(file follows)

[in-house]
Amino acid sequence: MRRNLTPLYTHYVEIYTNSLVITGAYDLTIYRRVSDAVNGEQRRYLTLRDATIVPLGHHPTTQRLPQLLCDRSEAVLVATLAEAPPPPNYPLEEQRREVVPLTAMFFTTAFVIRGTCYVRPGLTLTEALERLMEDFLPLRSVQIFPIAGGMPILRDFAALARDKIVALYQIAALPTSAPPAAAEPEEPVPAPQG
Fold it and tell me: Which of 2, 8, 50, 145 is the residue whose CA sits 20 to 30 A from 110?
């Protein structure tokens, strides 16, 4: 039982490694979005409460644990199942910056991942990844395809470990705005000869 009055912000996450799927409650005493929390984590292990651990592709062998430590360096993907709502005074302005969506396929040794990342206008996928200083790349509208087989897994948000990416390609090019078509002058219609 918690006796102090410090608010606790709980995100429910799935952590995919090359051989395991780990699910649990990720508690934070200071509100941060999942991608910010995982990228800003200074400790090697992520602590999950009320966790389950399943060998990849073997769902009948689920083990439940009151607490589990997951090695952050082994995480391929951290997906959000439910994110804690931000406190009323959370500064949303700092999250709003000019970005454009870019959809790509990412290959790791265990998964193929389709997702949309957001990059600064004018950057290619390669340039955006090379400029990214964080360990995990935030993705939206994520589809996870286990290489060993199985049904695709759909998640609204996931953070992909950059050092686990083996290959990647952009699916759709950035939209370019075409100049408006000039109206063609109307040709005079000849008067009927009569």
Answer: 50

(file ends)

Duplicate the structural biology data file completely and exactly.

[in-house]
Amino acid sequence: MRRNLTPLYTHYVEIYTNSLVITGAYDLTIYRRVSDAVNGEQRRYLTLRDATIVPLGHHPTTQRLPQLLCDRSEAVLVATLAEAPPPPNYPLEEQRREVVPLTAMFFTTAFVIRGTCYVRPGLTLTEALERLMEDFLPLRSVQIFPIAGGMPILRDFAALARDKIVALYQIAALPTSAPPAAAEPEEPVPAPQG
Fold it and tell me: Which of 2, 8, 50, 145 is the residue whose CA sits 20 to 30 A from 110?
């Protein structure tokens, strides 16, 4: 039982490694979005409460644990199942910056991942990844395809470990705005000869 009055912000996450799927409650005493929390984590292990651990592709062998430590360096993907709502005074302005969506396929040794990342206008996928200083790349509208087989897994948000990416390609090019078509002058219609 918690006796102090410090608010606790709980995100429910799935952590995919090359051989395991780990699910649990990720508690934070200071509100941060999942991608910010995982990228800003200074400790090697992520602590999950009320966790389950399943060998990849073997769902009948689920083990439940009151607490589990997951090695952050082994995480391929951290997906959000439910994110804690931000406190009323959370500064949303700092999250709003000019970005454009870019959809790509990412290959790791265990998964193929389709997702949309957001990059600064004018950057290619390669340039955006090379400029990214964080360990995990935030993705939206994520589809996870286990290489060993199985049904695709759909998640609204996931953070992909950059050092686990083996290959990647952009699916759709950035939209370019075409100049408006000039109206063609109307040709005079000849008067009927009569």
Answer: 50